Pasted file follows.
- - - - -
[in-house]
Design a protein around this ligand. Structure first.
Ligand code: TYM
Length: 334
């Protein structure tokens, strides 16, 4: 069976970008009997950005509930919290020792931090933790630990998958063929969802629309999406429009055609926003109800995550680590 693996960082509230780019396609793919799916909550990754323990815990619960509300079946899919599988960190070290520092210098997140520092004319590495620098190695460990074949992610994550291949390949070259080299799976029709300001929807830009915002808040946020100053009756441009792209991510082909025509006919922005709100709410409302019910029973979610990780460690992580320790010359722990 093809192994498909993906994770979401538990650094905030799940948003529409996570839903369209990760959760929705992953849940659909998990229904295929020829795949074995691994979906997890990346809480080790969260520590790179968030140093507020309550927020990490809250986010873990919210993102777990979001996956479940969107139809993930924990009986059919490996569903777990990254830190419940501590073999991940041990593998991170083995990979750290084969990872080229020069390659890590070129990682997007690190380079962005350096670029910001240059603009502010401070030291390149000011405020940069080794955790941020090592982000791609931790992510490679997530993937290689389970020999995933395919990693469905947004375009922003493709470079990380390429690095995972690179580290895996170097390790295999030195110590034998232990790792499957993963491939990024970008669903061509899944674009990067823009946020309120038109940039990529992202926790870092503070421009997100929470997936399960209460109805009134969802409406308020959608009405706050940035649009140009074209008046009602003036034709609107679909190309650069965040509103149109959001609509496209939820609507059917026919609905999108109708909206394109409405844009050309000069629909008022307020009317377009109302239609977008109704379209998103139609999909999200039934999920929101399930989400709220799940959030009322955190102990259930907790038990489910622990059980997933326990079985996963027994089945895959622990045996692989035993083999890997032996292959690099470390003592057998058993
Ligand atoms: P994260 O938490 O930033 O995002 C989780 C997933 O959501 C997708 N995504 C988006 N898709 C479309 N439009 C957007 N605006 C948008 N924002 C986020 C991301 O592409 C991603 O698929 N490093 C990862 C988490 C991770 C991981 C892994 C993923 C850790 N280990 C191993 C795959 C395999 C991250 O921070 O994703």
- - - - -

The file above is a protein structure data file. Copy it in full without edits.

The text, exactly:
[in-house]
Design a protein around this ligand. Structure first.
Ligand code: TYM
Length: 334
């Protein structure tokens, strides 16, 4: 069976970008009997950005509930919290020792931090933790630990998958063929969802629309999406429009055609926003109800995550680590 693996960082509230780019396609793919799916909550990754323990815990619960509300079946899919599988960190070290520092210098997140520092004319590495620098190695460990074949992610994550291949390949070259080299799976029709300001929807830009915002808040946020100053009756441009792209991510082909025509006919922005709100709410409302019910029973979610990780460690992580320790010359722990 093809192994498909993906994770979401538990650094905030799940948003529409996570839903369209990760959760929705992953849940659909998990229904295929020829795949074995691994979906997890990346809480080790969260520590790179968030140093507020309550927020990490809250986010873990919210993102777990979001996956479940969107139809993930924990009986059919490996569903777990990254830190419940501590073999991940041990593998991170083995990979750290084969990872080229020069390659890590070129990682997007690190380079962005350096670029910001240059603009502010401070030291390149000011405020940069080794955790941020090592982000791609931790992510490679997530993937290689389970020999995933395919990693469905947004375009922003493709470079990380390429690095995972690179580290895996170097390790295999030195110590034998232990790792499957993963491939990024970008669903061509899944674009990067823009946020309120038109940039990529992202926790870092503070421009997100929470997936399960209460109805009134969802409406308020959608009405706050940035649009140009074209008046009602003036034709609107679909190309650069965040509103149109959001609509496209939820609507059917026919609905999108109708909206394109409405844009050309000069629909008022307020009317377009109302239609977008109704379209998103139609999909999200039934999920929101399930989400709220799940959030009322955190102990259930907790038990489910622990059980997933326990079985996963027994089945895959622990045996692989035993083999890997032996292959690099470390003592057998058993
Ligand atoms: P994260 O938490 O930033 O995002 C989780 C997933 O959501 C997708 N995504 C988006 N898709 C479309 N439009 C957007 N605006 C948008 N924002 C986020 C991301 O592409 C991603 O698929 N490093 C990862 C988490 C991770 C991981 C892994 C993923 C850790 N280990 C191993 C795959 C395999 C991250 O921070 O994703």